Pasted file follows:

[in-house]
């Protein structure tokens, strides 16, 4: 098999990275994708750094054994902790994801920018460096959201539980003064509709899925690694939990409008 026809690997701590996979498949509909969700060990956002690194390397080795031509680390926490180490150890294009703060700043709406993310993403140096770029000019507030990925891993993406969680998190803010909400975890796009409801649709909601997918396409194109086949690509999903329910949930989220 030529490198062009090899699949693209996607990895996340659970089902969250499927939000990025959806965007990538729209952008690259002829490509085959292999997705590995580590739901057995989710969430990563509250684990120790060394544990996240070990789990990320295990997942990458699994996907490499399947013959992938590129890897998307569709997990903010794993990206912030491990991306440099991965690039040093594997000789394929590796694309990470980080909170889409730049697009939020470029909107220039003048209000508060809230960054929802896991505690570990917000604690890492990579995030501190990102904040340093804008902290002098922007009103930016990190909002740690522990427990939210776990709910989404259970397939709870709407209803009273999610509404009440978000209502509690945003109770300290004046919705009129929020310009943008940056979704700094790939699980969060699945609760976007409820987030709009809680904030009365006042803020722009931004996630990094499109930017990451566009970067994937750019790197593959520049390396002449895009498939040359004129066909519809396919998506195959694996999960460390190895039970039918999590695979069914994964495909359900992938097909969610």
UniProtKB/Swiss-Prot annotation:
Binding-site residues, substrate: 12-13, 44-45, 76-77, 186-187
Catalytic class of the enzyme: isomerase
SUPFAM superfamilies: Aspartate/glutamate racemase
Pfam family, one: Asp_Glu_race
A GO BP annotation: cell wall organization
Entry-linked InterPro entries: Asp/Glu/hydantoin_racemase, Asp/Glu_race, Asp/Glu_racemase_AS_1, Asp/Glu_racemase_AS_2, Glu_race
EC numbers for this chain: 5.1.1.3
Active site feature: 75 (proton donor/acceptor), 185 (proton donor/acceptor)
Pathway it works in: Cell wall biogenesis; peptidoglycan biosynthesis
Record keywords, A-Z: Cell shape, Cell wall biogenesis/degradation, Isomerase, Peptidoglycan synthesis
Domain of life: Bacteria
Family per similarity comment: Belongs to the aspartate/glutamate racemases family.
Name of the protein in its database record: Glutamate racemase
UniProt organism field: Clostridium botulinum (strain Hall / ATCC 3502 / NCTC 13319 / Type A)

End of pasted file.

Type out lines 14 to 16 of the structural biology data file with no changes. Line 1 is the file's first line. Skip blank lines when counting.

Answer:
Domain of life: Bacteria
Family per similarity comment: Belongs to the aspartate/glutamate racemases family.
Name of the protein in its database record: Glutamate racemase